The power of an appellate court to review a judgment is subject to an appeal being timely taken (see CPLR 5513, 5515; see, also, Matter of Haverstraw Park v Runcible Props. Corp., 33 N.Y.2d 637; Ocean Acc. & Guar. Corp. v Otis Elevator Co., 291 N.Y. 254; Roy v National Grange Mut. Ins. Co., 85 A.D.2d 832, 832-833). And an appellate court's scope of review with respect to an appellant, once an appeal has been timely taken, is generally limited to those parts of the judgment that have been appealed and that aggrieve the appealing party (see CPLR 5501, subd [a]; 5511; see, also, Segar v Youngs, 45 N.Y.2d 568; Stark v National City Bank, 278 N.Y. 388, 394; St. John v Andrews Inst. for Girls, 192 N.Y. 382, 386-389; Kennis v Sherwood, 82 A.D.2d 847, 848; Pinder v Gromet, 10 A.D.2d 977, 978; Frankel v Berman, 10 A.D.2d 838; Strecker v Kew Gardens Realty Assoc., 230 App Div 714; cf. Matter of Burk, 298 N.Y. 450, 455). The corollary to this rule is that an appellate court's reversal or
It is, of course, axiomatic that, once an appeal is properly before it, a court may fashion complete relief to the appealing party. On rare occasions, the grant of full relief to the appealing party may necessarily entail granting relief to a nonappealing party (cf. United States Print. & Lithograph Co. v Powers, 233 N.Y. 143, supra). At this time, there is no need to detail or enumerate the specific circumstances when such a judgment or order might be appropriate.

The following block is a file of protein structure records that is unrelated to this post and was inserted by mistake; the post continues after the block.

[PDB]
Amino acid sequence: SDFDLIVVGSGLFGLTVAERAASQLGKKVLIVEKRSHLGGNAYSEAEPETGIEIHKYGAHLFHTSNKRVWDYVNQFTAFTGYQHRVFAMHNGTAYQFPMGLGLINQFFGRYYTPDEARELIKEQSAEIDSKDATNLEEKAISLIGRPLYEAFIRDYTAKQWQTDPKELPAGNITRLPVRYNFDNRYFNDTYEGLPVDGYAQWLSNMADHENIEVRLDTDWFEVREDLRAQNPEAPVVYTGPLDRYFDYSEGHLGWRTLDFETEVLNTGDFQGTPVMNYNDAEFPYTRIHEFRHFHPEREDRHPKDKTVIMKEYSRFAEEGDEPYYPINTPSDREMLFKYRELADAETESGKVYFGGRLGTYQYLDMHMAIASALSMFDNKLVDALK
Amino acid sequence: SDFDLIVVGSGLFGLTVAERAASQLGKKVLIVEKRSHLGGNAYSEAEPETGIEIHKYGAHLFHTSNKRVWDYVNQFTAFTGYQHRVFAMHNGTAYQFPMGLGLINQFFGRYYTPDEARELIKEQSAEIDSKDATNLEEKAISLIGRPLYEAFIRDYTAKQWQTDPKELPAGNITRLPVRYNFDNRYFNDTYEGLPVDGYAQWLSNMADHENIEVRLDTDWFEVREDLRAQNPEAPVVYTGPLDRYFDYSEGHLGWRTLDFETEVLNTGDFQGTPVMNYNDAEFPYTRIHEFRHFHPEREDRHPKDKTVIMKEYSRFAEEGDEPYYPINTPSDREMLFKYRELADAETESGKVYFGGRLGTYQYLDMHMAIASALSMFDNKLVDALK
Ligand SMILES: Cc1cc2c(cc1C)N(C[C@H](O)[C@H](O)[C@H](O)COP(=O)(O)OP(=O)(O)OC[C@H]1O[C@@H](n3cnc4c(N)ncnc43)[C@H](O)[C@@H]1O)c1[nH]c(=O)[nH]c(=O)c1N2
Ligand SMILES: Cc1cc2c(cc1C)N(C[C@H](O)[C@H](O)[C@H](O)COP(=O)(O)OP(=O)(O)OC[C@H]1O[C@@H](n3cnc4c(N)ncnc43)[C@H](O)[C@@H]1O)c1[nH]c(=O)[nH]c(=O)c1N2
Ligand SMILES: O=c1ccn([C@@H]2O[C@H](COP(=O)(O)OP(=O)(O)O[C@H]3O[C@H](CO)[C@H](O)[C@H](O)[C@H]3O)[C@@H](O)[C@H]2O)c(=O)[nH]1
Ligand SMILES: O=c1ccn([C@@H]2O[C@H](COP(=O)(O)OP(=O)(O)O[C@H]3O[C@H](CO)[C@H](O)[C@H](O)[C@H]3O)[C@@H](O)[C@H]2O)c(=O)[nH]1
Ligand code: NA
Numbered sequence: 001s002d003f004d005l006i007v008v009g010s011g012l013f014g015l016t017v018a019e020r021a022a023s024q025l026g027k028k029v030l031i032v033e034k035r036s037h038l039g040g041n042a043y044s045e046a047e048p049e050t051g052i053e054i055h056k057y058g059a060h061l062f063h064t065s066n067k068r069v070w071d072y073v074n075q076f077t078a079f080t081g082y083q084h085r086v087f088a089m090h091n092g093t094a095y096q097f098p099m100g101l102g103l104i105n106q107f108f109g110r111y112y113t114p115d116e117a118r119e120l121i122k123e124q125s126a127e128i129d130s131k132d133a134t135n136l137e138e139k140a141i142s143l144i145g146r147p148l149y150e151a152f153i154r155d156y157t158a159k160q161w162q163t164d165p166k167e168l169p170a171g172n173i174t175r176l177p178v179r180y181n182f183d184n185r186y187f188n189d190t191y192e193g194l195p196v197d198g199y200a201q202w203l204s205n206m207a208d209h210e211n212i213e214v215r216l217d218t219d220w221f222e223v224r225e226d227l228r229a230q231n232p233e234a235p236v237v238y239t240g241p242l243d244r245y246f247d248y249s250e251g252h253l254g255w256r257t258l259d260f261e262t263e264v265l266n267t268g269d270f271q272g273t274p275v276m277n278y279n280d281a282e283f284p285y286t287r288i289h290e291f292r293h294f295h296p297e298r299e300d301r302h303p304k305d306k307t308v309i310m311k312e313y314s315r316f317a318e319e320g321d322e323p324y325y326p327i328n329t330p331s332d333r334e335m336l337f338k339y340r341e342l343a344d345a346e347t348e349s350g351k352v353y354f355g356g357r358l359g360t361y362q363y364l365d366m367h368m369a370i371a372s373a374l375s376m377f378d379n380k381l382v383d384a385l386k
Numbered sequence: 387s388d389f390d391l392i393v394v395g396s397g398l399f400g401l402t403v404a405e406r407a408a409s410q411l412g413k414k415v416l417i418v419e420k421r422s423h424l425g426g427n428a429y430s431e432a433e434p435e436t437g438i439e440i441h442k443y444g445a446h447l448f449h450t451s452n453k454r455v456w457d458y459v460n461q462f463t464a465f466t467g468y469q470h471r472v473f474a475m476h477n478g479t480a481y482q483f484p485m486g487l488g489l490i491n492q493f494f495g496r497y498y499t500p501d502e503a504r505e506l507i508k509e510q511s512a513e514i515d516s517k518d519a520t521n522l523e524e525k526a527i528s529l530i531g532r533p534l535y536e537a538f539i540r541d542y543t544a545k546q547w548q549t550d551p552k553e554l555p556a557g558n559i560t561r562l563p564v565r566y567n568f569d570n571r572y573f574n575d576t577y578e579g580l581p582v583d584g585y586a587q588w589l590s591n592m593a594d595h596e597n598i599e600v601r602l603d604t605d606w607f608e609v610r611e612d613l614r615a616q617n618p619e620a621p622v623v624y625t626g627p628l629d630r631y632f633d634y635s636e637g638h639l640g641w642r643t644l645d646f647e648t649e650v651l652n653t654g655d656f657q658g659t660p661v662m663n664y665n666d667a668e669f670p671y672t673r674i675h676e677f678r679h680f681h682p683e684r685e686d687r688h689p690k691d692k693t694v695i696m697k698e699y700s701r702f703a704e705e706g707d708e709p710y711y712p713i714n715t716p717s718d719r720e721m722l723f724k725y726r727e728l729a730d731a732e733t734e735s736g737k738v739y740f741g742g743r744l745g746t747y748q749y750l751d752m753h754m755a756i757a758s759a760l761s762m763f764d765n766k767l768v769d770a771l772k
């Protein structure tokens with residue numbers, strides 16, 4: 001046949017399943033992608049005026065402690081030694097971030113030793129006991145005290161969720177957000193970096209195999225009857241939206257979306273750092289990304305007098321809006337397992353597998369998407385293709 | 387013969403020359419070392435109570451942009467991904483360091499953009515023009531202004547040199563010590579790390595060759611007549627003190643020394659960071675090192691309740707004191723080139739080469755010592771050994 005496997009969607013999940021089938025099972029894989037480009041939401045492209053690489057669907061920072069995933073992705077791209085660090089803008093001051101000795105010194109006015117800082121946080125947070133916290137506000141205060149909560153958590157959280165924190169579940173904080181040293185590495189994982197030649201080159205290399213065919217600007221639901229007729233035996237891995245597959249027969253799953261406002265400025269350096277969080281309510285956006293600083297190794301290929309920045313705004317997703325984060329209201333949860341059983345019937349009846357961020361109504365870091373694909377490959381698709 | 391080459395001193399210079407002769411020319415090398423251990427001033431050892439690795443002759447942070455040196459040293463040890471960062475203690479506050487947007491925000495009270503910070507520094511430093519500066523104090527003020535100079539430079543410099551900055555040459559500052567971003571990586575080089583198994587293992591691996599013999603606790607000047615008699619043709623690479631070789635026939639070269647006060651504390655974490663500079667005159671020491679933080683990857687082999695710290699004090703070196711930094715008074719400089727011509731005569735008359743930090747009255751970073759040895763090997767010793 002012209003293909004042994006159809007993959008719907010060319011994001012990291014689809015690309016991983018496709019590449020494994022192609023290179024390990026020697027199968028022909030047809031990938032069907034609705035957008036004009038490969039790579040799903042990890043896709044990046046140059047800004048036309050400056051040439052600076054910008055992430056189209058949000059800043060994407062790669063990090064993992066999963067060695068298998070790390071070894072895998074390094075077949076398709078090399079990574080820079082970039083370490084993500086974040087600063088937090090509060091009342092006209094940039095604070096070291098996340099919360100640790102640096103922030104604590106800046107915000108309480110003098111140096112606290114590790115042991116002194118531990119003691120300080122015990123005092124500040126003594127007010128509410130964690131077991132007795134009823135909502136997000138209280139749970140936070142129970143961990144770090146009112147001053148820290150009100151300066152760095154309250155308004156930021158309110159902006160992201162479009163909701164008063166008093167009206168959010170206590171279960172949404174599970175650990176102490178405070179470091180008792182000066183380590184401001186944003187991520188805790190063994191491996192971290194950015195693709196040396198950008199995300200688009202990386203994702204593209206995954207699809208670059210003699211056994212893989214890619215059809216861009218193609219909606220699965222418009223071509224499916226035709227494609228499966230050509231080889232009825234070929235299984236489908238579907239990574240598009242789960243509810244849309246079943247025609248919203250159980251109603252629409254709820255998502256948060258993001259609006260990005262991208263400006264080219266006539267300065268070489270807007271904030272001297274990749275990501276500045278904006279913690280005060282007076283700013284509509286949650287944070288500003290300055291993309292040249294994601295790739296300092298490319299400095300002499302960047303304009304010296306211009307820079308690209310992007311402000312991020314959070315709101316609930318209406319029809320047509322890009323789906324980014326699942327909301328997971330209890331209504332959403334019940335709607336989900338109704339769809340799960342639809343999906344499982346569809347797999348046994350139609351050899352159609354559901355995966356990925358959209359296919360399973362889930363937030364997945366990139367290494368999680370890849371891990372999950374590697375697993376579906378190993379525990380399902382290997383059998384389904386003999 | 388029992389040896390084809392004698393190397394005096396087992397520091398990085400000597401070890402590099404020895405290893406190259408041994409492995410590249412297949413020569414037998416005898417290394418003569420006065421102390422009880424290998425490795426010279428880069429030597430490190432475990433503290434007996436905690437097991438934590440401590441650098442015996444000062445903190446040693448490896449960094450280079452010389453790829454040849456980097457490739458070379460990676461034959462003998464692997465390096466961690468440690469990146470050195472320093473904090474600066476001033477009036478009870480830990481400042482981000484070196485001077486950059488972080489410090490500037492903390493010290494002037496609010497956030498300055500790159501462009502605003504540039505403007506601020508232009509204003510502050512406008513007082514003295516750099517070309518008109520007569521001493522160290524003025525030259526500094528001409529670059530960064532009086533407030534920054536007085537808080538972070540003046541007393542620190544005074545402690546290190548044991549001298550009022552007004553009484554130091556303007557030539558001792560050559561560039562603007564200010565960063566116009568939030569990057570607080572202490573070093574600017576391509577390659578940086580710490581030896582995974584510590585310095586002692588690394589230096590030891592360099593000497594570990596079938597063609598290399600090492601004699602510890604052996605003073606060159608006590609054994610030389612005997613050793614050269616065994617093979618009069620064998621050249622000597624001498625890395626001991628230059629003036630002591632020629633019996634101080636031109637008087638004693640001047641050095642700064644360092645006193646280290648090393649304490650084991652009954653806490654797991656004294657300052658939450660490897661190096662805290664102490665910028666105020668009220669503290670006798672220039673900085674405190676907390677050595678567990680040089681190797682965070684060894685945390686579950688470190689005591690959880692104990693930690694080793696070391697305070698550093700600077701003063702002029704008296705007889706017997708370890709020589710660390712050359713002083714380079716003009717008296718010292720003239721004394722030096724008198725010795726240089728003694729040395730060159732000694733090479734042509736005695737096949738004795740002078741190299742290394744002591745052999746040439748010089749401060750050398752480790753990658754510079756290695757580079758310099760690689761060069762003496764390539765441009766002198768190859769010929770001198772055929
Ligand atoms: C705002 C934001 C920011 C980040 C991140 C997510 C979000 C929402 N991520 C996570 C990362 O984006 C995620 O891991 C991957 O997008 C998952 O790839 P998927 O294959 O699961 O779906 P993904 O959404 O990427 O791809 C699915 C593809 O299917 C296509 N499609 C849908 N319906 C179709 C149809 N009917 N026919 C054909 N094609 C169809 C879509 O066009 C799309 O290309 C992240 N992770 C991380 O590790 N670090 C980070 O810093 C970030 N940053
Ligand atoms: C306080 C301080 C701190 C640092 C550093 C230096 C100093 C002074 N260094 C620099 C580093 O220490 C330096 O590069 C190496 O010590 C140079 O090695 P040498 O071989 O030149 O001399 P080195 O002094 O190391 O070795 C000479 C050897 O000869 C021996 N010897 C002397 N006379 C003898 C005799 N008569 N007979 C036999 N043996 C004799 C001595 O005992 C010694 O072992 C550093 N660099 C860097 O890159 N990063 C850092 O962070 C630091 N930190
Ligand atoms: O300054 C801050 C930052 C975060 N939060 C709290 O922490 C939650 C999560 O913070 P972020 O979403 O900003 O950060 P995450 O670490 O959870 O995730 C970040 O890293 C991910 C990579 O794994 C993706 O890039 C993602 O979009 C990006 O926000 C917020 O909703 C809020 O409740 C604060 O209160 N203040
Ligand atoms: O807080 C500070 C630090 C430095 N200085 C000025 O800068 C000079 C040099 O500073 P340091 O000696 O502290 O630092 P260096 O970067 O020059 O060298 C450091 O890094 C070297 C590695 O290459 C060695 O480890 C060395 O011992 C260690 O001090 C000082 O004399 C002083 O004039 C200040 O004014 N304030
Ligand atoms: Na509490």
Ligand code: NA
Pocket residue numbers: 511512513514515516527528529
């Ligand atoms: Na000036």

Having set forth the rule in general, the court turns to its application here. The appeal by the City of New York to the Appellate Division brought up for its review, with respect to the defendants, only so much of the judgment as imposed liability against the city. As full relief to the city can be achieved without granting relief to Square Depew, it was error to dismiss the complaint as to Square Depew unless the city's interest could be said to be inseparable from that of Square Depew.